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i tried using variables set to numbers to get values out of arrays and it seemed to work. is that different from hashes?
Yes :-). A longer answer is that hashes use variables set to almost anything you like to set or get values in something that is a bit like an array.

and i would think the program would find the values faster if the keys are ordered like the indices in arrays.
The way values are stored in hashes is in a sort of order.

Whilst hashing implementations vary, what normally happens is that a hashing function translates the key into an index element which refers you to a bucket, which is a short list of possible matches. A hash is often (but not always) faster than an array because you do not have to search through all the elements to find what you are looking for - you only have to check a few elements, and often only one if the hashing function is effective. Hashes are actually (sort of) an array, and what is hidden from you is how the "key" is translated into an "index" into that array.

Most of your questions are answered by Googling for hashes and looking for the explanations. This article is a bit dated but provides a good starting point. At the end of the article are a series of book references - if you are seriously interested in programming you should certainly get hold of the Donald Knuth book(s) temporarily or permanently, as he is the father of a huge number of computer algorithms and methods that are still in use today.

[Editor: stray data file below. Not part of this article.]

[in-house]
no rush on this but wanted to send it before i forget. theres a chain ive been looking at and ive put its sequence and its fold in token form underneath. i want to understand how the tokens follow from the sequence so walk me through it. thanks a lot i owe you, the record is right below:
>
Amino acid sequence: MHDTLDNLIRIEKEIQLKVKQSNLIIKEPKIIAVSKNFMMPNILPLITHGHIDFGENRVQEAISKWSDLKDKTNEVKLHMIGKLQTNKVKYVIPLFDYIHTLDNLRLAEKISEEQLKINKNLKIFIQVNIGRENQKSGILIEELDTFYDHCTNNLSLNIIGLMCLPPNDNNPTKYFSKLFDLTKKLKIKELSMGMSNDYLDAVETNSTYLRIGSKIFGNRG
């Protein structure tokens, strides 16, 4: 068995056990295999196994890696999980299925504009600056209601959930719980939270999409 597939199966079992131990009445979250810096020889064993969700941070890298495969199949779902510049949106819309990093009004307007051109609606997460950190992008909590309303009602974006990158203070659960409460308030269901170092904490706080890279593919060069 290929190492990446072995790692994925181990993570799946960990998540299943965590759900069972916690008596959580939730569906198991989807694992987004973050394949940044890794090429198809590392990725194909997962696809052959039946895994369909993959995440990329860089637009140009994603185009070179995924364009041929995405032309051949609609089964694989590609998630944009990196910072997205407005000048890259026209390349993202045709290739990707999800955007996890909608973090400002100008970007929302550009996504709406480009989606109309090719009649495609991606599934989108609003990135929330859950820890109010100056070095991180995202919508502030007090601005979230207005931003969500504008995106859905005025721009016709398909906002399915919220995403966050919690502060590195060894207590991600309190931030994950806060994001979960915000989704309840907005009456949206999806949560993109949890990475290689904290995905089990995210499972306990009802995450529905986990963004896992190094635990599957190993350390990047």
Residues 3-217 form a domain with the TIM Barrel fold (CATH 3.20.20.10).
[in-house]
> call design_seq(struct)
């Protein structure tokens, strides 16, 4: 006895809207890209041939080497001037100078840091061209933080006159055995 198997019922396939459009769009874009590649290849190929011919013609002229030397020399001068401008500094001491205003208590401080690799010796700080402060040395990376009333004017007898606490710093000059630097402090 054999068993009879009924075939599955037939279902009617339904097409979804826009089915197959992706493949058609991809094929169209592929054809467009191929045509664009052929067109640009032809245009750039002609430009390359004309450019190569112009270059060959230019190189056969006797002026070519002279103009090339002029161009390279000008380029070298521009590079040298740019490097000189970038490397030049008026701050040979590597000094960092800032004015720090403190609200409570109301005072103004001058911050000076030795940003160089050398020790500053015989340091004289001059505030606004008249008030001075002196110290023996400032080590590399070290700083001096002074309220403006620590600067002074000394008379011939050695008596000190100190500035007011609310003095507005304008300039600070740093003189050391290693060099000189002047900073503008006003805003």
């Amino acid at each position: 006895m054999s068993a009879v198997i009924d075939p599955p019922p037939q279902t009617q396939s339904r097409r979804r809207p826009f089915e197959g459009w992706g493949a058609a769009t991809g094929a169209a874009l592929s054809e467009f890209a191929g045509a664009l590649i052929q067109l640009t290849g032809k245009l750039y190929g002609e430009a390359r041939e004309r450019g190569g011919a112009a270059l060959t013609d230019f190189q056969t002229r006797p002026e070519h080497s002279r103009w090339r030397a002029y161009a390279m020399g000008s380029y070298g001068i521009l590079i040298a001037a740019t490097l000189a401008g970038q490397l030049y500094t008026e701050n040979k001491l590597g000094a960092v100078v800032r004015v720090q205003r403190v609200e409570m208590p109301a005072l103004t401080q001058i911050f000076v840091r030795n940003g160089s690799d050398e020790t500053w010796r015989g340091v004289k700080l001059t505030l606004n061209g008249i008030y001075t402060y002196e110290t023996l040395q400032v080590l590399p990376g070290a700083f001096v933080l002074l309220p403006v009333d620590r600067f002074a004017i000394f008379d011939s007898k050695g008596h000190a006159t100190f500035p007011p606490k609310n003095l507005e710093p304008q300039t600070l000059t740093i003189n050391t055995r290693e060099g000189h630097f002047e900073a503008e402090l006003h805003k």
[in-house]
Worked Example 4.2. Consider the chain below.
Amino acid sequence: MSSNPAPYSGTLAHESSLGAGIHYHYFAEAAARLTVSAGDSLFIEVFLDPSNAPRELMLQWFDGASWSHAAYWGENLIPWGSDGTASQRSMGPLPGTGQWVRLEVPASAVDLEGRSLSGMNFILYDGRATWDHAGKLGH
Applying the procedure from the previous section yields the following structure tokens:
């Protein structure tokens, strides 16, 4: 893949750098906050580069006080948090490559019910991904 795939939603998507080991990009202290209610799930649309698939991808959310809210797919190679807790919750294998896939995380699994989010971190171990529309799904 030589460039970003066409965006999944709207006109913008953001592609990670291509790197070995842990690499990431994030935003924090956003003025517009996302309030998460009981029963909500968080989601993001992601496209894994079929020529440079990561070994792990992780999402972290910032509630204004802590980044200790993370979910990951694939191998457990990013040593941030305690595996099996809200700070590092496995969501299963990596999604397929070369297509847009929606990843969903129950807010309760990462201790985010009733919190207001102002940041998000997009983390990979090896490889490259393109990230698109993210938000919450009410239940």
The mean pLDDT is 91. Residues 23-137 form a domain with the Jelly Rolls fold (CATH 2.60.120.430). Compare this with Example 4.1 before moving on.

Hashes are used for much more than trivial lookups. Another article shows that hashes can be used imaginatively for lots of different purposes. Searching through some PerlMonks answers will also reveal just how useful hashing can be when used in a creative {and in certain PerlMonks answers, some would say nefarious :-)} fashion.

If you spot any bugs in my solutions, it's because I've deliberately left them in as an exercise for the reader! :-)

In reply to Re: why use a hash instead of an array by space_monk
in thread why use a hash instead of an array by DarrenSol

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